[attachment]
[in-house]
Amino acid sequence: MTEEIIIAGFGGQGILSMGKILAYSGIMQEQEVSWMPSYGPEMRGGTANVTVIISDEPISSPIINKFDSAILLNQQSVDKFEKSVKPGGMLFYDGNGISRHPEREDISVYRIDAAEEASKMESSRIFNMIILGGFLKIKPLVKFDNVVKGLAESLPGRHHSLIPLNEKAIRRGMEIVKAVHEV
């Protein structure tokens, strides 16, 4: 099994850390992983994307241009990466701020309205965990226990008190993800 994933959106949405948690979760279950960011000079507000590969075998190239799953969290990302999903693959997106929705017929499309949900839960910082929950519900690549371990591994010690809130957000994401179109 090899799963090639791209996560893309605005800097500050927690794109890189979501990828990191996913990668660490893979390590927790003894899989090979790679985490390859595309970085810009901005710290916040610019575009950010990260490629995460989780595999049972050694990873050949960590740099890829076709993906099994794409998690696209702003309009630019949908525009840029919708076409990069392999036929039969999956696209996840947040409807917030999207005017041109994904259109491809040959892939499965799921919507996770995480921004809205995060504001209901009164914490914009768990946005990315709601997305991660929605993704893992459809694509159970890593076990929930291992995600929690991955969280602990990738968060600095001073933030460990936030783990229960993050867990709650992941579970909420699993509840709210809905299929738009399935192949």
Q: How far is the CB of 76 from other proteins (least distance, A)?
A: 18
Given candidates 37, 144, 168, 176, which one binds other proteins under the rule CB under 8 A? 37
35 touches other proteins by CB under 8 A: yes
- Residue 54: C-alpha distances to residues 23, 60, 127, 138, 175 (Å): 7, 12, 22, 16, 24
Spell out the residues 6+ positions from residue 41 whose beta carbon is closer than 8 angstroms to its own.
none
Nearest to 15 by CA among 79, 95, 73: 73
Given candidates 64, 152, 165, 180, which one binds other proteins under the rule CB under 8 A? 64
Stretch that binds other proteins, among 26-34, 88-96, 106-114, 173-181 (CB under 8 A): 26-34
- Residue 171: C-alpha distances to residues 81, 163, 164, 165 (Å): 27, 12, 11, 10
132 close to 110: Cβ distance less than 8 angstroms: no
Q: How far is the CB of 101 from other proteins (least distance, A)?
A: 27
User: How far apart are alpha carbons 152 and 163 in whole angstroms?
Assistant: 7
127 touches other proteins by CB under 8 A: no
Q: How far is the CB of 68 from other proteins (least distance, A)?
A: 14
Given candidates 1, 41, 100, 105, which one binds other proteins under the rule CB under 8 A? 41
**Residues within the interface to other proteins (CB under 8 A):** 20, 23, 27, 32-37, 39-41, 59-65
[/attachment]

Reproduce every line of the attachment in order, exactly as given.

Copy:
[in-house]
Amino acid sequence: MTEEIIIAGFGGQGILSMGKILAYSGIMQEQEVSWMPSYGPEMRGGTANVTVIISDEPISSPIINKFDSAILLNQQSVDKFEKSVKPGGMLFYDGNGISRHPEREDISVYRIDAAEEASKMESSRIFNMIILGGFLKIKPLVKFDNVVKGLAESLPGRHHSLIPLNEKAIRRGMEIVKAVHEV
């Protein structure tokens, strides 16, 4: 099994850390992983994307241009990466701020309205965990226990008190993800 994933959106949405948690979760279950960011000079507000590969075998190239799953969290990302999903693959997106929705017929499309949900839960910082929950519900690549371990591994010690809130957000994401179109 090899799963090639791209996560893309605005800097500050927690794109890189979501990828990191996913990668660490893979390590927790003894899989090979790679985490390859595309970085810009901005710290916040610019575009950010990260490629995460989780595999049972050694990873050949960590740099890829076709993906099994794409998690696209702003309009630019949908525009840029919708076409990069392999036929039969999956696209996840947040409807917030999207005017041109994904259109491809040959892939499965799921919507996770995480921004809205995060504001209901009164914490914009768990946005990315709601997305991660929605993704893992459809694509159970890593076990929930291992995600929690991955969280602990990738968060600095001073933030460990936030783990229960993050867990709650992941579970909420699993509840709210809905299929738009399935192949």
Q: How far is the CB of 76 from other proteins (least distance, A)?
A: 18
Given candidates 37, 144, 168, 176, which one binds other proteins under the rule CB under 8 A? 37
35 touches other proteins by CB under 8 A: yes
- Residue 54: C-alpha distances to residues 23, 60, 127, 138, 175 (Å): 7, 12, 22, 16, 24
Spell out the residues 6+ positions from residue 41 whose beta carbon is closer than 8 angstroms to its own.
none
Nearest to 15 by CA among 79, 95, 73: 73
Given candidates 64, 152, 165, 180, which one binds other proteins under the rule CB under 8 A? 64
Stretch that binds other proteins, among 26-34, 88-96, 106-114, 173-181 (CB under 8 A): 26-34
- Residue 171: C-alpha distances to residues 81, 163, 164, 165 (Å): 27, 12, 11, 10
132 close to 110: Cβ distance less than 8 angstroms: no
Q: How far is the CB of 101 from other proteins (least distance, A)?
A: 27
User: How far apart are alpha carbons 152 and 163 in whole angstroms?
Assistant: 7
127 touches other proteins by CB under 8 A: no
Q: How far is the CB of 68 from other proteins (least distance, A)?
A: 14
Given candidates 1, 41, 100, 105, which one binds other proteins under the rule CB under 8 A? 41
**Residues within the interface to other proteins (CB under 8 A):** 20, 23, 27, 32-37, 39-41, 59-65